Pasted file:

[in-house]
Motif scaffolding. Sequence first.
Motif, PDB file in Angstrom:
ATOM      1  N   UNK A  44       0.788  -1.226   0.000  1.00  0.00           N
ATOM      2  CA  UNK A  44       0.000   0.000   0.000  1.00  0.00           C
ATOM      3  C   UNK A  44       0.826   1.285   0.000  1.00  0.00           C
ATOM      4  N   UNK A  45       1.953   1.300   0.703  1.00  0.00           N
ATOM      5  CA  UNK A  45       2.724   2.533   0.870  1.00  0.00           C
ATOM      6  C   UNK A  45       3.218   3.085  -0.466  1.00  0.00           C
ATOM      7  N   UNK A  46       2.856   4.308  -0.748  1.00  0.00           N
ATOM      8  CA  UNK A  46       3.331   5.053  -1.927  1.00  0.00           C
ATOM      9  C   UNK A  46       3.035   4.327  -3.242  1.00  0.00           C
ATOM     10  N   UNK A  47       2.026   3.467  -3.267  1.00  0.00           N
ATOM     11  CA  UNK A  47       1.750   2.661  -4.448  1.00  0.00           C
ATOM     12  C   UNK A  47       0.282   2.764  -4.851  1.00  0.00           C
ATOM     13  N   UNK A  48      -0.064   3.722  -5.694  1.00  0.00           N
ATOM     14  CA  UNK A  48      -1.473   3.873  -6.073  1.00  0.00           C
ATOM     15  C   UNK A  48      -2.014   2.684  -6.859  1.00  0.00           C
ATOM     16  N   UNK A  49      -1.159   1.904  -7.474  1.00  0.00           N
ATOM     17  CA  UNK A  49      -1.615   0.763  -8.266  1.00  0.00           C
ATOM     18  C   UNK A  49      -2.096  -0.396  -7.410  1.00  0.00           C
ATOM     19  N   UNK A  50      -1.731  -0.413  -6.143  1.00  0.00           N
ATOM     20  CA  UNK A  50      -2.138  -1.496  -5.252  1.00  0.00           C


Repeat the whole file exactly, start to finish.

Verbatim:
[in-house]
Motif scaffolding. Sequence first.
Motif, PDB file in Angstrom:
ATOM      1  N   UNK A  44       0.788  -1.226   0.000  1.00  0.00           N
ATOM      2  CA  UNK A  44       0.000   0.000   0.000  1.00  0.00           C
ATOM      3  C   UNK A  44       0.826   1.285   0.000  1.00  0.00           C
ATOM      4  N   UNK A  45       1.953   1.300   0.703  1.00  0.00           N
ATOM      5  CA  UNK A  45       2.724   2.533   0.870  1.00  0.00           C
ATOM      6  C   UNK A  45       3.218   3.085  -0.466  1.00  0.00           C
ATOM      7  N   UNK A  46       2.856   4.308  -0.748  1.00  0.00           N
ATOM      8  CA  UNK A  46       3.331   5.053  -1.927  1.00  0.00           C
ATOM      9  C   UNK A  46       3.035   4.327  -3.242  1.00  0.00           C
ATOM     10  N   UNK A  47       2.026   3.467  -3.267  1.00  0.00           N
ATOM     11  CA  UNK A  47       1.750   2.661  -4.448  1.00  0.00           C
ATOM     12  C   UNK A  47       0.282   2.764  -4.851  1.00  0.00           C
ATOM     13  N   UNK A  48      -0.064   3.722  -5.694  1.00  0.00           N
ATOM     14  CA  UNK A  48      -1.473   3.873  -6.073  1.00  0.00           C
ATOM     15  C   UNK A  48      -2.014   2.684  -6.859  1.00  0.00           C
ATOM     16  N   UNK A  49      -1.159   1.904  -7.474  1.00  0.00           N
ATOM     17  CA  UNK A  49      -1.615   0.763  -8.266  1.00  0.00           C
ATOM     18  C   UNK A  49      -2.096  -0.396  -7.410  1.00  0.00           C
ATOM     19  N   UNK A  50      -1.731  -0.413  -6.143  1.00  0.00           N
ATOM     20  CA  UNK A  50      -2.138  -1.496  -5.252  1.00  0.00           C